Benedict Joseph Labre
St. Benedict Joseph Labre, T.O.S.F.
A representation of Labre as a sorrowful mendicant.
|Beggar of Perpetual Adoration|
|Born||25 March 1748|
Amettes, Artois, Kingdom of France
|Died||16 April 1783 (aged 35)|
Rome, Papal States
|Venerated in||Catholic Church|
(Third Order of St. Francis)
|Beatified||20 May 1860, Rome by Pope Pius IX|
|Canonized||8 December 1881, Rome by Pope Leo XIII|
|Major shrine||Church of Santa Maria ai Monti|
|Attributes||tri-cornered hat; alms|
|Patronage||Unmarried men (bachelors), rejects, mental illness, mentally ill people, insanity, beggars, hobos, the homeless|
Labre was born in 1748 in the village of Amettes, near Arras, in the former Province of Artois in the north of France. He was the eldest of fifteen children of a prosperous shopkeeper, Jean-Baptiste Labre, and his wife, Anne Grandsire.
Labre had an uncle, a parish priest, living some distance from his family home; this uncle gladly received him, and undertook his early education for the priesthood. At the age of sixteen, he approached his uncle about becoming a Trappist monk, but his parents told him he would have to wait until he grew older. When Benedict was about eighteen, an epidemic fell upon the city, and uncle and nephew busied themselves in the service of the sick. While the uncle took care of the souls and bodies of the people, Benedict went to and fro caring for the cattle. Among the last victims of the epidemic was Labre's uncle.
Labre set off for La Trappe Abbey to apply to the Order, but did not come up to their requirements. He was under age, he was too delicate; he had no special recommendations. He later attempted to join the Carthusians and Cistercians, but each order rejected him as unsuitable for communal life. He was, for about six weeks, a postulant with the Carthusians at Neuville. In November 1769 he obtained admission to the Cistercian Abbey of Sept-Fonts. After a short stay at Sept-Fonts his health gave way, and it was decided that his vocation lay elsewhere.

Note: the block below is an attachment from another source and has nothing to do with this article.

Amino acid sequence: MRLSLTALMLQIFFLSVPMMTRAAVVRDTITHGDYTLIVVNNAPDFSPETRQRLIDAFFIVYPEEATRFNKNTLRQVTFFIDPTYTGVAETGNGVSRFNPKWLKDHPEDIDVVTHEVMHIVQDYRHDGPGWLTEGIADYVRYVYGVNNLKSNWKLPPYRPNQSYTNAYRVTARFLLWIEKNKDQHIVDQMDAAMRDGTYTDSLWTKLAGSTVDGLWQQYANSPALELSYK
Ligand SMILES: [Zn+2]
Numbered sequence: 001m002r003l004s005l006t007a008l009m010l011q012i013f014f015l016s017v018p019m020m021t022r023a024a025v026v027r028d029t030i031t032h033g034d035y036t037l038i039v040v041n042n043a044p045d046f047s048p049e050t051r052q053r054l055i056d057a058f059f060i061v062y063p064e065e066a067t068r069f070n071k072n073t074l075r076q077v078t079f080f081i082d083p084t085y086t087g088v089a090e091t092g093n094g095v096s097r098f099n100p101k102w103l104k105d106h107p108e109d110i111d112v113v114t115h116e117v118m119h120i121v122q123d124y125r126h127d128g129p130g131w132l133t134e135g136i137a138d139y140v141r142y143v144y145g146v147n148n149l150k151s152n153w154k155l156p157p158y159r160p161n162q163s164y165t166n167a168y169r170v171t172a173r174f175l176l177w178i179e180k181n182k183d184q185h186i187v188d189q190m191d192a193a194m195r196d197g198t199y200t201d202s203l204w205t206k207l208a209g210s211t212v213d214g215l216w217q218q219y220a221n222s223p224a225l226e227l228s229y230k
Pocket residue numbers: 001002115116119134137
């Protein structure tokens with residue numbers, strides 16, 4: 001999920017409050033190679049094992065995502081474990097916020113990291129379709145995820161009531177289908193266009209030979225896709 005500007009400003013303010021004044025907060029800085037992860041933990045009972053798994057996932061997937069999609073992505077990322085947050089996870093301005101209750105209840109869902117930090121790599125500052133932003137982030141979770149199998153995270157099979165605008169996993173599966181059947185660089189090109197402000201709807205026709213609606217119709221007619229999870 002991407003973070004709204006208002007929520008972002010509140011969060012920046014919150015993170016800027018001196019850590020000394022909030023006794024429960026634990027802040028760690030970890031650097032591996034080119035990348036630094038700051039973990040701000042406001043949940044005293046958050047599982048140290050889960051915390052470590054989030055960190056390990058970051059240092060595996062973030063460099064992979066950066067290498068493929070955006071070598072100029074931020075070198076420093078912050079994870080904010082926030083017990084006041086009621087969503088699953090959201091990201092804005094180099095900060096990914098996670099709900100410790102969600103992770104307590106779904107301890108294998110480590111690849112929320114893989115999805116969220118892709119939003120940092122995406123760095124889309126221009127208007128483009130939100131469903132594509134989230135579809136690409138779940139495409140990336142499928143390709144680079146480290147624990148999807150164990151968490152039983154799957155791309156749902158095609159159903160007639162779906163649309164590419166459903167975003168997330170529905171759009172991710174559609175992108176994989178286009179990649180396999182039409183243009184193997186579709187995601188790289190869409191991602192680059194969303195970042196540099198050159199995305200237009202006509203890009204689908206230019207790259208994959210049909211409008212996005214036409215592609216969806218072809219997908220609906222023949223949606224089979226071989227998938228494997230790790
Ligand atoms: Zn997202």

Labre, according to Catholic tradition, experienced a desire, which he considered was given to him by God and inspired by the example of Saint Alexius of Rome and that of the holy Franciscan tertiary pilgrim, Saint Roch, to "abandon his country, his parents, and whatever is flattering in the world to lead a new sort of life, a life most painful, most penitential, not in a wilderness nor in a cloister, but in the midst of the world, devoutly visiting as a pilgrim the famous places of Christian devotion."
Labre joined the Third Order of Saint Francis and settled on a life of poverty and pilgrimage. He first traveled to Rome on foot, subsisting on what he could get by begging. He then traveled to most of the major shrines of Europe, often several times each. He visited the various shrines in Loreto, Assisi, Naples, and Bari in Italy, Einsiedeln in Switzerland, Paray-le-Monial in France, and Santiago de Compostela in Spain. During these trips he would always travel on foot, sleeping in the open or in a corner of a room, with his clothes muddy and ragged. On one occasion he stopped at the farmhouse of Matthieu and Marie Vianney, who would later become the parents of the future saint, the Curé d'Ars. He lived on what little he was given, and often shared the little he did receive with others. He is reported to have talked rarely, prayed often, and accepted quietly the abuse he received.